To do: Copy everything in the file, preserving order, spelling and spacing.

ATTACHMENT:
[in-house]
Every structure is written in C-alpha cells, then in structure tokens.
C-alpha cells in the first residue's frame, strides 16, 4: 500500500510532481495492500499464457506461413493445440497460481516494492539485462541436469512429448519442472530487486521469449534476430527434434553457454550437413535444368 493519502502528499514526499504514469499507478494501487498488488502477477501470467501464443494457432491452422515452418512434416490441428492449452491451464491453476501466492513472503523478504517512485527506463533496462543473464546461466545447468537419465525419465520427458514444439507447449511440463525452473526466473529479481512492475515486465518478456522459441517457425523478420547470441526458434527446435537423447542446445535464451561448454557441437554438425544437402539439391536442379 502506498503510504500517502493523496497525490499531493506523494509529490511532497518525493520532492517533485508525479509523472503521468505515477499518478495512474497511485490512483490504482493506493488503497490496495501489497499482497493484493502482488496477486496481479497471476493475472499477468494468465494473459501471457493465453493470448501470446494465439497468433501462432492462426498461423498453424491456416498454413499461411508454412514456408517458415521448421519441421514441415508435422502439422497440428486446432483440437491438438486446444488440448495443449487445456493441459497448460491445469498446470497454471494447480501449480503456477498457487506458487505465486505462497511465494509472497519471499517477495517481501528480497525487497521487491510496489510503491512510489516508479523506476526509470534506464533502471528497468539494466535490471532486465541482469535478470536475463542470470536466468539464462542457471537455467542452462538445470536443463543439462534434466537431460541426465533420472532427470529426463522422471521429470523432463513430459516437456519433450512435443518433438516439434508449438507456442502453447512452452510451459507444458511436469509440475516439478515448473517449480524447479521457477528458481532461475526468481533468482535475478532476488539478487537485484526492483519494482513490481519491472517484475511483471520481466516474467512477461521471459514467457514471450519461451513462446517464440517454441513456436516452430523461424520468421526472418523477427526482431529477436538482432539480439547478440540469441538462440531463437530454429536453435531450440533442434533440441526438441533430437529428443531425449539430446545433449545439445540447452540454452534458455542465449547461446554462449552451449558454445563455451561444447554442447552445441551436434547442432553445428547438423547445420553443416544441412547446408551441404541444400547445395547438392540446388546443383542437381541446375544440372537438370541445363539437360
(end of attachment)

[in-house]
Every structure is written in C-alpha cells, then in structure tokens.
C-alpha cells in the first residue's frame, strides 16, 4: 500500500510532481495492500499464457506461413493445440497460481516494492539485462541436469512429448519442472530487486521469449534476430527434434553457454550437413535444368 493519502502528499514526499504514469499507478494501487498488488502477477501470467501464443494457432491452422515452418512434416490441428492449452491451464491453476501466492513472503523478504517512485527506463533496462543473464546461466545447468537419465525419465520427458514444439507447449511440463525452473526466473529479481512492475515486465518478456522459441517457425523478420547470441526458434527446435537423447542446445535464451561448454557441437554438425544437402539439391536442379 502506498503510504500517502493523496497525490499531493506523494509529490511532497518525493520532492517533485508525479509523472503521468505515477499518478495512474497511485490512483490504482493506493488503497490496495501489497499482497493484493502482488496477486496481479497471476493475472499477468494468465494473459501471457493465453493470448501470446494465439497468433501462432492462426498461423498453424491456416498454413499461411508454412514456408517458415521448421519441421514441415508435422502439422497440428486446432483440437491438438486446444488440448495443449487445456493441459497448460491445469498446470497454471494447480501449480503456477498457487506458487505465486505462497511465494509472497519471499517477495517481501528480497525487497521487491510496489510503491512510489516508479523506476526509470534506464533502471528497468539494466535490471532486465541482469535478470536475463542470470536466468539464462542457471537455467542452462538445470536443463543439462534434466537431460541426465533420472532427470529426463522422471521429470523432463513430459516437456519433450512435443518433438516439434508449438507456442502453447512452452510451459507444458511436469509440475516439478515448473517449480524447479521457477528458481532461475526468481533468482535475478532476488539478487537485484526492483519494482513490481519491472517484475511483471520481466516474467512477461521471459514467457514471450519461451513462446517464440517454441513456436516452430523461424520468421526472418523477427526482431529477436538482432539480439547478440540469441538462440531463437530454429536453435531450440533442434533440441526438441533430437529428443531425449539430446545433449545439445540447452540454452534458455542465449547461446554462449552451449558454445563455451561444447554442447552445441551436434547442432553445428547438423547445420553443416544441412547446408551441404541444400547445395547438392540446388546443383542437381541446375544440372537438370541445363539437360